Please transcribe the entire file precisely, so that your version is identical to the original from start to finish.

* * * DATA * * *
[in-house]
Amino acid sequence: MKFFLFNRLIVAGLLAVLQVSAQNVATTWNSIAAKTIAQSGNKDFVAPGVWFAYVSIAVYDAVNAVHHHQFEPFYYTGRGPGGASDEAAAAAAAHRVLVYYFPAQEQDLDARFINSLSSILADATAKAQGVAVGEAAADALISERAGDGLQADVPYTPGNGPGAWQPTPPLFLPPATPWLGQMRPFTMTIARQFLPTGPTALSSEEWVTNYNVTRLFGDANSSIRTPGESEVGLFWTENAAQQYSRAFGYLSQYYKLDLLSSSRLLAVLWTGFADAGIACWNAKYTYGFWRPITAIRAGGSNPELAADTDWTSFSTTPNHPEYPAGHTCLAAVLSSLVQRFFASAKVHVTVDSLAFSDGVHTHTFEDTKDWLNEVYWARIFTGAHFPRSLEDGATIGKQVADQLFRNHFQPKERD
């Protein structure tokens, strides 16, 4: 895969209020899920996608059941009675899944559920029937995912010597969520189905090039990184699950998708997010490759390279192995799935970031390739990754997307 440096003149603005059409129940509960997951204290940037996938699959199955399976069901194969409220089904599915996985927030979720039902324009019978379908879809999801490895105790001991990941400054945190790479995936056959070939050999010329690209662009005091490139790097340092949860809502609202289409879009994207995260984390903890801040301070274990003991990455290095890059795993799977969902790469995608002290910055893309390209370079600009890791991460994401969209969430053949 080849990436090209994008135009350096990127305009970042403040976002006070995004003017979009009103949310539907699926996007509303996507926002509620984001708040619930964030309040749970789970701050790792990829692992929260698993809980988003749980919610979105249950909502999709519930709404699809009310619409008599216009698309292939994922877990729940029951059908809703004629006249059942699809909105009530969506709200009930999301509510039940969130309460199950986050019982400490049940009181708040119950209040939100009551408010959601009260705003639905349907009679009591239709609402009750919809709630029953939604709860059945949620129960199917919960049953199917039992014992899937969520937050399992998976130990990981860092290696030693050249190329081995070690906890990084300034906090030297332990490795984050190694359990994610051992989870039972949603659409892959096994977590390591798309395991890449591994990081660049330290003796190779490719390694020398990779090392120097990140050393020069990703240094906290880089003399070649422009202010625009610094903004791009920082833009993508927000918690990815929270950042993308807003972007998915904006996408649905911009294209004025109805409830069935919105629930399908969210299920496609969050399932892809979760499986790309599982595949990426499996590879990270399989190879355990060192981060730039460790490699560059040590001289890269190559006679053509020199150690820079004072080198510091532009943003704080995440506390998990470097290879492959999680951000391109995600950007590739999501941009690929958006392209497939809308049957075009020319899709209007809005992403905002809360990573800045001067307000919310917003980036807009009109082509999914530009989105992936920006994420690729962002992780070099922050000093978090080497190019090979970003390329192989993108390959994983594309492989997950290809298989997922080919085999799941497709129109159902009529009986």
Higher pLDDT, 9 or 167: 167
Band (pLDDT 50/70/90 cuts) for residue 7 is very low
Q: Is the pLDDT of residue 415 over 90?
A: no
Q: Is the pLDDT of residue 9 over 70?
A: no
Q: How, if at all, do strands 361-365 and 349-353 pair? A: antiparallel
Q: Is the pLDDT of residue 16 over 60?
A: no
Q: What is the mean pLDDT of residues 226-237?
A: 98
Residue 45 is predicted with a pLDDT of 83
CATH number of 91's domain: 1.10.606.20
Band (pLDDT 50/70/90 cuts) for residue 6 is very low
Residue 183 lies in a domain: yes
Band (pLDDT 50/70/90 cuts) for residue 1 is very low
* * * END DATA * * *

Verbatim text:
[in-house]
Amino acid sequence: MKFFLFNRLIVAGLLAVLQVSAQNVATTWNSIAAKTIAQSGNKDFVAPGVWFAYVSIAVYDAVNAVHHHQFEPFYYTGRGPGGASDEAAAAAAAHRVLVYYFPAQEQDLDARFINSLSSILADATAKAQGVAVGEAAADALISERAGDGLQADVPYTPGNGPGAWQPTPPLFLPPATPWLGQMRPFTMTIARQFLPTGPTALSSEEWVTNYNVTRLFGDANSSIRTPGESEVGLFWTENAAQQYSRAFGYLSQYYKLDLLSSSRLLAVLWTGFADAGIACWNAKYTYGFWRPITAIRAGGSNPELAADTDWTSFSTTPNHPEYPAGHTCLAAVLSSLVQRFFASAKVHVTVDSLAFSDGVHTHTFEDTKDWLNEVYWARIFTGAHFPRSLEDGATIGKQVADQLFRNHFQPKERD
């Protein structure tokens, strides 16, 4: 895969209020899920996608059941009675899944559920029937995912010597969520189905090039990184699950998708997010490759390279192995799935970031390739990754997307 440096003149603005059409129940509960997951204290940037996938699959199955399976069901194969409220089904599915996985927030979720039902324009019978379908879809999801490895105790001991990941400054945190790479995936056959070939050999010329690209662009005091490139790097340092949860809502609202289409879009994207995260984390903890801040301070274990003991990455290095890059795993799977969902790469995608002290910055893309390209370079600009890791991460994401969209969430053949 080849990436090209994008135009350096990127305009970042403040976002006070995004003017979009009103949310539907699926996007509303996507926002509620984001708040619930964030309040749970789970701050790792990829692992929260698993809980988003749980919610979105249950909502999709519930709404699809009310619409008599216009698309292939994922877990729940029951059908809703004629006249059942699809909105009530969506709200009930999301509510039940969130309460199950986050019982400490049940009181708040119950209040939100009551408010959601009260705003639905349907009679009591239709609402009750919809709630029953939604709860059945949620129960199917919960049953199917039992014992899937969520937050399992998976130990990981860092290696030693050249190329081995070690906890990084300034906090030297332990490795984050190694359990994610051992989870039972949603659409892959096994977590390591798309395991890449591994990081660049330290003796190779490719390694020398990779090392120097990140050393020069990703240094906290880089003399070649422009202010625009610094903004791009920082833009993508927000918690990815929270950042993308807003972007998915904006996408649905911009294209004025109805409830069935919105629930399908969210299920496609969050399932892809979760499986790309599982595949990426499996590879990270399989190879355990060192981060730039460790490699560059040590001289890269190559006679053509020199150690820079004072080198510091532009943003704080995440506390998990470097290879492959999680951000391109995600950007590739999501941009690929958006392209497939809308049957075009020319899709209007809005992403905002809360990573800045001067307000919310917003980036807009009109082509999914530009989105992936920006994420690729962002992780070099922050000093978090080497190019090979970003390329192989993108390959994983594309492989997950290809298989997922080919085999799941497709129109159902009529009986």
Higher pLDDT, 9 or 167: 167
Band (pLDDT 50/70/90 cuts) for residue 7 is very low
Q: Is the pLDDT of residue 415 over 90?
A: no
Q: Is the pLDDT of residue 9 over 70?
A: no
Q: How, if at all, do strands 361-365 and 349-353 pair? A: antiparallel
Q: Is the pLDDT of residue 16 over 60?
A: no
Q: What is the mean pLDDT of residues 226-237?
A: 98
Residue 45 is predicted with a pLDDT of 83
CATH number of 91's domain: 1.10.606.20
Band (pLDDT 50/70/90 cuts) for residue 6 is very low
Residue 183 lies in a domain: yes
Band (pLDDT 50/70/90 cuts) for residue 1 is very low